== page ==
Bacteria (PC) Review

By Athanasios 25.04.2016

Review for Bacteria on PC

Oh, Sometimes You… why you so artsy? This developer has made a few "video games" (imagine the quotes as big as Texas), all extremely cheap, and all… unique. Remember Retention? It was supposed to be a trip into the shattered memories of a traumatised individual. The reality? It was a nice photo album. Bacteria follows the same route: it's supposed to be a relaxing puzzler based on the Game of Life, the famous creation of British mathematician John Horton Conway. The truth? It's another futile attempt at innovation.

Those not aware of Conway's Game of Life (also known as just 'Life')… stop right now! Open a new browser tab, go to Wikipedia, and read all about it - it's wonderful, and it's a perfect example of how complexity might come about from a few simple rules. In essence, it's just a simple cellular automaton; a finite (and sometimes infinite), two-dimensional grid, where the "player" applies only one input in the form of single dots (or cells), and then sets things in motion.

Over time, these dots will "evolve" into different shapes, become unstable (get locked in an endless loop), or disappear altogether. The rules behind it all? #1: dots with no neighbouring dots disappear; #2: dots with fewer than two neighbours disappear; #3: dots with more than three neighbours disappear; #4: any dot with two or three neighbours stays "alive"; and, finally, a dead cell surrounded by three dots becomes a live cell.

Now, how can that turn into a video game? To put it simply, it can't - at least not in the way Sometimes You thinks it should. Bacteria lets gamers observe what the Game of Life is, by giving them the tools to create an initial input of dots, and then watch the dots coming to life. This, however, is just the simulation mode; the sandbox portion of this title, with two separate modes being the actual game.

Screenshot for Bacteria on PC

The objective in both modes is to make certain cells disappear; cells that are stuck in endless motion in the "Colour" mode, and every single living cell in the - much harder - "Monochrome" mode. In order to do so, cell patterns can be created in a small section of the top-left corner, which will, hopefully, move towards the dots that must die, and, hopefully (again), destroy them.

The thing is that, while simple in concept, that's insanely hard to do. Why? For starters it requires a lot of experimentation to find out which patterns do what, since some will instantly disappear, while others will litter the grid with tons of unnecessary dots. To counteract this problem, the UI provides three basic "Glider" patterns; groups of dots that evolve horizontally, vertically, and diagonally, in order to reach distant cell formations.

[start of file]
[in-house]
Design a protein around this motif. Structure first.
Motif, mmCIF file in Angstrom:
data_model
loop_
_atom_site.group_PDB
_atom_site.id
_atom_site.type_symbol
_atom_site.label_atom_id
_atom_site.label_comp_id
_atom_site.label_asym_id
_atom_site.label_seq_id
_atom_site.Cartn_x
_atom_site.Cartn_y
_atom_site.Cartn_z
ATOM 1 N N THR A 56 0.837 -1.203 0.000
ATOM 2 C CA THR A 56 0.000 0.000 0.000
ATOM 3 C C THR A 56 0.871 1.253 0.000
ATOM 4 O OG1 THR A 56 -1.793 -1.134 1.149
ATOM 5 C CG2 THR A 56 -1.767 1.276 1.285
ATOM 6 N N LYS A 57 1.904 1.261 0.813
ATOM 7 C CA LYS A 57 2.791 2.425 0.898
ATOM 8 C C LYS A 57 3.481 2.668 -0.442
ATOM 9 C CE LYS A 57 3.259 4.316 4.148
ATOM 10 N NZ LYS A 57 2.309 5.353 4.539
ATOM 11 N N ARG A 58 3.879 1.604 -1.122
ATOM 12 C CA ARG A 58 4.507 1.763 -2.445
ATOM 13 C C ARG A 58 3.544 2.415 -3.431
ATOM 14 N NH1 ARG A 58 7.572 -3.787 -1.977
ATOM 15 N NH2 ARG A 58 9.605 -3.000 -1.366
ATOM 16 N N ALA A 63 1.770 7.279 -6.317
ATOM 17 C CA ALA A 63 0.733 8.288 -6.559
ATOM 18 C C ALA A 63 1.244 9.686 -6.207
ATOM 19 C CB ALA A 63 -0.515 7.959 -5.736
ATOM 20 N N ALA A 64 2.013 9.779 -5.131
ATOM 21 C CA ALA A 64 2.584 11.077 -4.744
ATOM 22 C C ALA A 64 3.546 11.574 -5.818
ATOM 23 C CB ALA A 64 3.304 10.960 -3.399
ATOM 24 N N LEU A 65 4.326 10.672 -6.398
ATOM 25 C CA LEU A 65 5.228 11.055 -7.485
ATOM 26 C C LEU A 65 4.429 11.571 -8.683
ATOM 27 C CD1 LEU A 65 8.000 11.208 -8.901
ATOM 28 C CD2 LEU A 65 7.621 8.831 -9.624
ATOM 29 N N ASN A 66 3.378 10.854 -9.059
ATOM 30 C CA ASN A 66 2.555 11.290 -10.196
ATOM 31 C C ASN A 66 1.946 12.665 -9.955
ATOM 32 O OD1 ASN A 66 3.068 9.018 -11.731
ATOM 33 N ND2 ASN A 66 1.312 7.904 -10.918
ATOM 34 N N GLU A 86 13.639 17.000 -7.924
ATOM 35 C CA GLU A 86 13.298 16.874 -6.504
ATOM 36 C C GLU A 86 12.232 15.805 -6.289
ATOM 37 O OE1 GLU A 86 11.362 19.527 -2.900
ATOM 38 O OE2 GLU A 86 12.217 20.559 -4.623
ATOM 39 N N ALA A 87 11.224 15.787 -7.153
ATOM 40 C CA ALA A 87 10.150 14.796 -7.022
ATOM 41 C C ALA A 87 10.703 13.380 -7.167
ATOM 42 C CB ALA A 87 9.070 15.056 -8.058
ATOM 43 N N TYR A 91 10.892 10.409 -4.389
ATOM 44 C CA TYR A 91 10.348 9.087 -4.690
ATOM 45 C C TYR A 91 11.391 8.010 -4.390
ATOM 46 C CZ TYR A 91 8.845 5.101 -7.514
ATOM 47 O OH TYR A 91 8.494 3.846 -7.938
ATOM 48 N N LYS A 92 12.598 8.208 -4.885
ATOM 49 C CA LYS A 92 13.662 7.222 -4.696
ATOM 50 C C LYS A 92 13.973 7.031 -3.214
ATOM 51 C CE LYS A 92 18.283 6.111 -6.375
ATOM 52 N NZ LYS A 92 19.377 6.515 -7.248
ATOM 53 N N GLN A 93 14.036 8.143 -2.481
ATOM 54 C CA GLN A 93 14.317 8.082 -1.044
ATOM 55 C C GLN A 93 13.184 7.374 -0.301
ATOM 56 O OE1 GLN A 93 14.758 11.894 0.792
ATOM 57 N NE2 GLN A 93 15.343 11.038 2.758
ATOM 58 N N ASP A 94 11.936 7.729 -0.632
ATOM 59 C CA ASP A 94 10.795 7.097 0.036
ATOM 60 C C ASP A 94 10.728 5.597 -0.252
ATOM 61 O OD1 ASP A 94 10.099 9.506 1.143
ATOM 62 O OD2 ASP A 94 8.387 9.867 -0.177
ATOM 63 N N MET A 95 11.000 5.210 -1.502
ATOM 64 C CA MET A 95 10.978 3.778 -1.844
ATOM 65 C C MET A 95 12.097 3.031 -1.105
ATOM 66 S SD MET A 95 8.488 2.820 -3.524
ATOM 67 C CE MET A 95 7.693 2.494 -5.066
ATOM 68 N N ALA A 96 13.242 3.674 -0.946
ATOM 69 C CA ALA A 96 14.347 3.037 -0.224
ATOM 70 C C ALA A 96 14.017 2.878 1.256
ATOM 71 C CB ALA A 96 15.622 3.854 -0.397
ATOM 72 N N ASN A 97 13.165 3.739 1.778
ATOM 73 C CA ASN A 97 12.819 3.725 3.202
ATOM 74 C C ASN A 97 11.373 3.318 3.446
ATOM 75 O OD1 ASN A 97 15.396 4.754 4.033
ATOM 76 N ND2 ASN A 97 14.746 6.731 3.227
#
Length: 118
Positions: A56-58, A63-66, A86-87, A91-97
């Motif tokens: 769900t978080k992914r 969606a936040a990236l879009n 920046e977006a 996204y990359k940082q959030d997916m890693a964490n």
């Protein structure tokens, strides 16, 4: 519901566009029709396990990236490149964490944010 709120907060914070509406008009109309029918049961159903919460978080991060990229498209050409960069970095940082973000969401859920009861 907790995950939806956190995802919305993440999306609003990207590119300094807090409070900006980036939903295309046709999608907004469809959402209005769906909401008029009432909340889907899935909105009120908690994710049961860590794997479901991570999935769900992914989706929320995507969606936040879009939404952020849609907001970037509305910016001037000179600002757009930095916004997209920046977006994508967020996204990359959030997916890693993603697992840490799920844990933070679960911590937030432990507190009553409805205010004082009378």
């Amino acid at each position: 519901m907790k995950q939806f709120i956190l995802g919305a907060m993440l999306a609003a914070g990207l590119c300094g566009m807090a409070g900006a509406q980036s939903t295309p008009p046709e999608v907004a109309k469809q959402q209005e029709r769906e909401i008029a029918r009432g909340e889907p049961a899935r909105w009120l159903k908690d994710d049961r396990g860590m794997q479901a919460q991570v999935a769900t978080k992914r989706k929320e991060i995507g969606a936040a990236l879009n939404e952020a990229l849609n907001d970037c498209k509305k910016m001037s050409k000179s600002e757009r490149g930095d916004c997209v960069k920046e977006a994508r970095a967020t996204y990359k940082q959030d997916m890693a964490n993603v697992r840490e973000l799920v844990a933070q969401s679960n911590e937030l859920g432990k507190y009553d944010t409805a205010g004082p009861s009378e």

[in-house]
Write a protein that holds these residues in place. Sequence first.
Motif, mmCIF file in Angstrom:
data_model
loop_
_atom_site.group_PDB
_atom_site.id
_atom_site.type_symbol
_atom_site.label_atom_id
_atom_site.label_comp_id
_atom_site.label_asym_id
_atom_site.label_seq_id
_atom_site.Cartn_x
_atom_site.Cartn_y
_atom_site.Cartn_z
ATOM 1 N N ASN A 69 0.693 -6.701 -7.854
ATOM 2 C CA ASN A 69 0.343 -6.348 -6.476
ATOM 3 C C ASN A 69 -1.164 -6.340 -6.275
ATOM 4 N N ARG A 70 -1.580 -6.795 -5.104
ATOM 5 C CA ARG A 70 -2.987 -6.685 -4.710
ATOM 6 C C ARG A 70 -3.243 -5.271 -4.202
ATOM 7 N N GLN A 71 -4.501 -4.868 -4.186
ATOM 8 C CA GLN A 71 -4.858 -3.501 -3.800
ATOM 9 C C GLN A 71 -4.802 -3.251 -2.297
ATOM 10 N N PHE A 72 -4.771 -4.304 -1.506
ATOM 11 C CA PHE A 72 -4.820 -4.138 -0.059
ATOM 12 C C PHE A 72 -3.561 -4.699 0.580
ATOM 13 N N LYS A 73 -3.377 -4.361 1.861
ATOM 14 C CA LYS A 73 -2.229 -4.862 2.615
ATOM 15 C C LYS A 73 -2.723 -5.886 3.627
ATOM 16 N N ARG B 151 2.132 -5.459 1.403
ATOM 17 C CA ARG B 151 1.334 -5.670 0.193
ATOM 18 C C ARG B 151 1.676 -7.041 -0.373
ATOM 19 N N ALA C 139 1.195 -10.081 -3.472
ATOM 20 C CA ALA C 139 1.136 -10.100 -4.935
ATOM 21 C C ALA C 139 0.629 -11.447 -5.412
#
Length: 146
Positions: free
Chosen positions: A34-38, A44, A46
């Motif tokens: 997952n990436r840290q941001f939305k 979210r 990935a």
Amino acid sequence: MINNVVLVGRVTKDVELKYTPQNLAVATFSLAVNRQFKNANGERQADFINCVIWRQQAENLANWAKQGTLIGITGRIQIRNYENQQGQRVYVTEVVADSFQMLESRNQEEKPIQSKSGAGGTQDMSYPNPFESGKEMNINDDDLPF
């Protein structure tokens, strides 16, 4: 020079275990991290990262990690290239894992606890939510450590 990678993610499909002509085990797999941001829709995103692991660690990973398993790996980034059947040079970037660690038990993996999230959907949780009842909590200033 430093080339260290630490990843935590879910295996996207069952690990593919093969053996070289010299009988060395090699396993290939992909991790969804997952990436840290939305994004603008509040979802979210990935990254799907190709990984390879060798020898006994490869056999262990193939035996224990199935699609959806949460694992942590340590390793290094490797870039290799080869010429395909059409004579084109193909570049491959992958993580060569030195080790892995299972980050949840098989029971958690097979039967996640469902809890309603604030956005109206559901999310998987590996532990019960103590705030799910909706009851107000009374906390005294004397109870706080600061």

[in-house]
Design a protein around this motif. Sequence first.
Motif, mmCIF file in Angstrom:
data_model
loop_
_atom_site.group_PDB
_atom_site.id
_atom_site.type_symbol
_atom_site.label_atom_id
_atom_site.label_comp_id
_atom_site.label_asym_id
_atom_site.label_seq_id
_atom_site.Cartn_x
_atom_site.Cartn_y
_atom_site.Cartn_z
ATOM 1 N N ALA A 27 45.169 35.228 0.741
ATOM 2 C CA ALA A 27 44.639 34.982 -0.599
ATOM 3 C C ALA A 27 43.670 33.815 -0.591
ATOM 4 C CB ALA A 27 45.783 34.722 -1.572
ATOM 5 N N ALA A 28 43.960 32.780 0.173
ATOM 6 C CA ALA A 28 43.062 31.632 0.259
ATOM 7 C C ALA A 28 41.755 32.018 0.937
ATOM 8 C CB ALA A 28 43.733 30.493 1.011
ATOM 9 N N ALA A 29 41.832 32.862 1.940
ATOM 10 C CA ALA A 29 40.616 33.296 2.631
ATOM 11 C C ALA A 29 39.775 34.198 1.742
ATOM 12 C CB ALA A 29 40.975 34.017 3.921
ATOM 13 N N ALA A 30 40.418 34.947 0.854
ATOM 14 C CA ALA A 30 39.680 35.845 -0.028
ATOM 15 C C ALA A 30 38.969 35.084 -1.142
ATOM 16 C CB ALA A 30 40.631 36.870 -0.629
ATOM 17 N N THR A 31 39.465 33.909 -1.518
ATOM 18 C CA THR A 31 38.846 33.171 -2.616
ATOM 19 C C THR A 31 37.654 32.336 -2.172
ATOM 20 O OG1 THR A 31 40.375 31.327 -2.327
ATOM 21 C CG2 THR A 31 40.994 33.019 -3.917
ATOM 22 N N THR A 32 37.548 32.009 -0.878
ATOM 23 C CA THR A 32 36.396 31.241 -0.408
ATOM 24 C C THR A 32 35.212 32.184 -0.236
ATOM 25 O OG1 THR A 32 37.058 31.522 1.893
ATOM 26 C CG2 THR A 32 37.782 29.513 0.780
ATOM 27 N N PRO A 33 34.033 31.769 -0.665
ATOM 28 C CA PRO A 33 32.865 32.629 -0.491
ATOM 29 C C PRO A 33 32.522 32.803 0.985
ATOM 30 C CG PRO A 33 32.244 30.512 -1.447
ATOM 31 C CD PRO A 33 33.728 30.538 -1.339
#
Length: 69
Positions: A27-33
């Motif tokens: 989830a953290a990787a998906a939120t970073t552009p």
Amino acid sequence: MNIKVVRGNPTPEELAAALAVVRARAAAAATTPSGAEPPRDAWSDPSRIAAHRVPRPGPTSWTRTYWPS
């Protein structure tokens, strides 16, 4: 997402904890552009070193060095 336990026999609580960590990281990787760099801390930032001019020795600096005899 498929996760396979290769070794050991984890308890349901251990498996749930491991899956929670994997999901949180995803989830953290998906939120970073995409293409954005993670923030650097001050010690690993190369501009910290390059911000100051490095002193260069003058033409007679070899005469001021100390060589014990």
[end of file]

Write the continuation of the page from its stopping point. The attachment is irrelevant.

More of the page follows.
The second problem is the fact that it's hard to "aim," since the grid has no lines to help one understand where a glider will end up. The worst thing, though, is none other than the fact that this doesn't follow the standard logic of puzzles, because there's actually no way to think things over. To put it bluntly: it's more about luck than skill.

A nice analogy of what Bacteria asks would be this: throw a bunch of organic molecules on a plate, wait a while, and hope that a Tyrannosaurus Rex will come out of it. In other words: this is not a "relaxing puzzle game" as the developer says, but a frustrating game of chance based on Conway's Game of Life - in fact, the only relaxing thing here is piano theme that bops along the "gameplay."

Screenshot for Bacteria on PC

Cubed3 Rating

Rated 2 out of 10

Very Bad

The indie community has frequently favoured original and innovative concepts over standard formulae, but there's another side to this world; the side with the heavy hipster-esque, artsy attitude, which creates video games the same way a post-modern-anti-conformist-whatever "sculptor" puts a glass of water on an Ikea shelve, and calls it "high art." Like so, Bacteria tries a lot to be an innovative puzzler, but the only good thing about it is the fact that it will introduce the Game of Life to more people.


Sometimes You


Sometimes You





C3 Score

Rated $score out of 10  2/10

Reader Score

Rated $score out of 10  0 (0 Votes)

European release date Out now   North America release date Out now   Japan release date None   Australian release date Out now   


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